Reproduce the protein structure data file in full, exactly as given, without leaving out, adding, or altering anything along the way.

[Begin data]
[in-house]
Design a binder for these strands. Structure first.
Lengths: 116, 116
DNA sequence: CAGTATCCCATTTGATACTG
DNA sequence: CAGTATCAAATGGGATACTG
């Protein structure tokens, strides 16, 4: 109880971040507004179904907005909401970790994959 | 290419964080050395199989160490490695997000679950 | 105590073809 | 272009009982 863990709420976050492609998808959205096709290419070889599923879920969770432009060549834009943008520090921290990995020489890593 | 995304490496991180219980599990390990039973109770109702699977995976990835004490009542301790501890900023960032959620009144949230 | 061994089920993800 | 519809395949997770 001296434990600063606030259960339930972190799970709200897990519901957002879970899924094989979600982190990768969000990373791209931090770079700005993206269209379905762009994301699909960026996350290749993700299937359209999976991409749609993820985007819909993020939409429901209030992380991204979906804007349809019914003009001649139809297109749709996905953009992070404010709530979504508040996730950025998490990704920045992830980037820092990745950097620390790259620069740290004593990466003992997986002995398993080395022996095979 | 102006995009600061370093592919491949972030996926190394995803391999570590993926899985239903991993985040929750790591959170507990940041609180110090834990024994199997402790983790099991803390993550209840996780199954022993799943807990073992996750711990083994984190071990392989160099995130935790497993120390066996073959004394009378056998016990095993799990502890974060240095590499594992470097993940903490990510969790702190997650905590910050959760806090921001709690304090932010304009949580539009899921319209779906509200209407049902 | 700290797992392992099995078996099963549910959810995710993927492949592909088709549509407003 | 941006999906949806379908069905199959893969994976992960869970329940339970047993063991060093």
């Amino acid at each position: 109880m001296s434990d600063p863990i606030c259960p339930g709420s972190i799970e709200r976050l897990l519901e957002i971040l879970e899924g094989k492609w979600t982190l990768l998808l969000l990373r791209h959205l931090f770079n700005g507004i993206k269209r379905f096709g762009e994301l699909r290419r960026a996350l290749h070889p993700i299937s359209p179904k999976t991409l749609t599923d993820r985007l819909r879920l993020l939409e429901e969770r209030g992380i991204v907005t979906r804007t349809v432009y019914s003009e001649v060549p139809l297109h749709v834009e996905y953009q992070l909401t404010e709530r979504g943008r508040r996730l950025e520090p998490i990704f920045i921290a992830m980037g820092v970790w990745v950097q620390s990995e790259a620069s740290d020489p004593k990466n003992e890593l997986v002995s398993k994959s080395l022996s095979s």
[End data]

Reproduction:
[in-house]
Design a binder for these strands. Structure first.
Lengths: 116, 116
DNA sequence: CAGTATCCCATTTGATACTG
DNA sequence: CAGTATCAAATGGGATACTG
């Protein structure tokens, strides 16, 4: 109880971040507004179904907005909401970790994959 | 290419964080050395199989160490490695997000679950 | 105590073809 | 272009009982 863990709420976050492609998808959205096709290419070889599923879920969770432009060549834009943008520090921290990995020489890593 | 995304490496991180219980599990390990039973109770109702699977995976990835004490009542301790501890900023960032959620009144949230 | 061994089920993800 | 519809395949997770 001296434990600063606030259960339930972190799970709200897990519901957002879970899924094989979600982190990768969000990373791209931090770079700005993206269209379905762009994301699909960026996350290749993700299937359209999976991409749609993820985007819909993020939409429901209030992380991204979906804007349809019914003009001649139809297109749709996905953009992070404010709530979504508040996730950025998490990704920045992830980037820092990745950097620390790259620069740290004593990466003992997986002995398993080395022996095979 | 102006995009600061370093592919491949972030996926190394995803391999570590993926899985239903991993985040929750790591959170507990940041609180110090834990024994199997402790983790099991803390993550209840996780199954022993799943807990073992996750711990083994984190071990392989160099995130935790497993120390066996073959004394009378056998016990095993799990502890974060240095590499594992470097993940903490990510969790702190997650905590910050959760806090921001709690304090932010304009949580539009899921319209779906509200209407049902 | 700290797992392992099995078996099963549910959810995710993927492949592909088709549509407003 | 941006999906949806379908069905199959893969994976992960869970329940339970047993063991060093």
């Amino acid at each position: 109880m001296s434990d600063p863990i606030c259960p339930g709420s972190i799970e709200r976050l897990l519901e957002i971040l879970e899924g094989k492609w979600t982190l990768l998808l969000l990373r791209h959205l931090f770079n700005g507004i993206k269209r379905f096709g762009e994301l699909r290419r960026a996350l290749h070889p993700i299937s359209p179904k999976t991409l749609t599923d993820r985007l819909r879920l993020l939409e429901e969770r209030g992380i991204v907005t979906r804007t349809v432009y019914s003009e001649v060549p139809l297109h749709v834009e996905y953009q992070l909401t404010e709530r979504g943008r508040r996730l950025e520090p998490i990704f920045i921290a992830m980037g820092v970790w990745v950097q620390s990995e790259a620069s740290d020489p004593k990466n003992e890593l997986v002995s398993k994959s080395l022996s095979s």